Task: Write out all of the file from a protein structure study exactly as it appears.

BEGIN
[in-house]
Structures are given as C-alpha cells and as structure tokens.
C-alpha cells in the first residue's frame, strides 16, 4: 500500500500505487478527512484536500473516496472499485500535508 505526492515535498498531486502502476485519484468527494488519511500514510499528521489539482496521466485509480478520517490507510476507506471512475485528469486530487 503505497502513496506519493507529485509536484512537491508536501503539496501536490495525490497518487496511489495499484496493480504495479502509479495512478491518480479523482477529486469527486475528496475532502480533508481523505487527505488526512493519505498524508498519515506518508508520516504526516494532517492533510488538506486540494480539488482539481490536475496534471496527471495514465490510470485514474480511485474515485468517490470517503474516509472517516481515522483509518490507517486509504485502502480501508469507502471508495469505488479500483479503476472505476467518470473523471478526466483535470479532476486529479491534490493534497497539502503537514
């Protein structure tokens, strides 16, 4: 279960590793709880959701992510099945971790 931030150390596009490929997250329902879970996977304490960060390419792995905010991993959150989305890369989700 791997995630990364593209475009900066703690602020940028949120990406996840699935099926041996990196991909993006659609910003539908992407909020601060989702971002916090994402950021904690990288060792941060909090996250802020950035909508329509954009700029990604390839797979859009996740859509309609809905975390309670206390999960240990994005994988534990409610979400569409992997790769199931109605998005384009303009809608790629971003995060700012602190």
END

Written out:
[in-house]
Structures are given as C-alpha cells and as structure tokens.
C-alpha cells in the first residue's frame, strides 16, 4: 500500500500505487478527512484536500473516496472499485500535508 505526492515535498498531486502502476485519484468527494488519511500514510499528521489539482496521466485509480478520517490507510476507506471512475485528469486530487 503505497502513496506519493507529485509536484512537491508536501503539496501536490495525490497518487496511489495499484496493480504495479502509479495512478491518480479523482477529486469527486475528496475532502480533508481523505487527505488526512493519505498524508498519515506518508508520516504526516494532517492533510488538506486540494480539488482539481490536475496534471496527471495514465490510470485514474480511485474515485468517490470517503474516509472517516481515522483509518490507517486509504485502502480501508469507502471508495469505488479500483479503476472505476467518470473523471478526466483535470479532476486529479491534490493534497497539502503537514
């Protein structure tokens, strides 16, 4: 279960590793709880959701992510099945971790 931030150390596009490929997250329902879970996977304490960060390419792995905010991993959150989305890369989700 791997995630990364593209475009900066703690602020940028949120990406996840699935099926041996990196991909993006659609910003539908992407909020601060989702971002916090994402950021904690990288060792941060909090996250802020950035909508329509954009700029990604390839797979859009996740859509309609809905975390309670206390999960240990994005994988534990409610979400569409992997790769199931109605998005384009303009809608790629971003995060700012602190």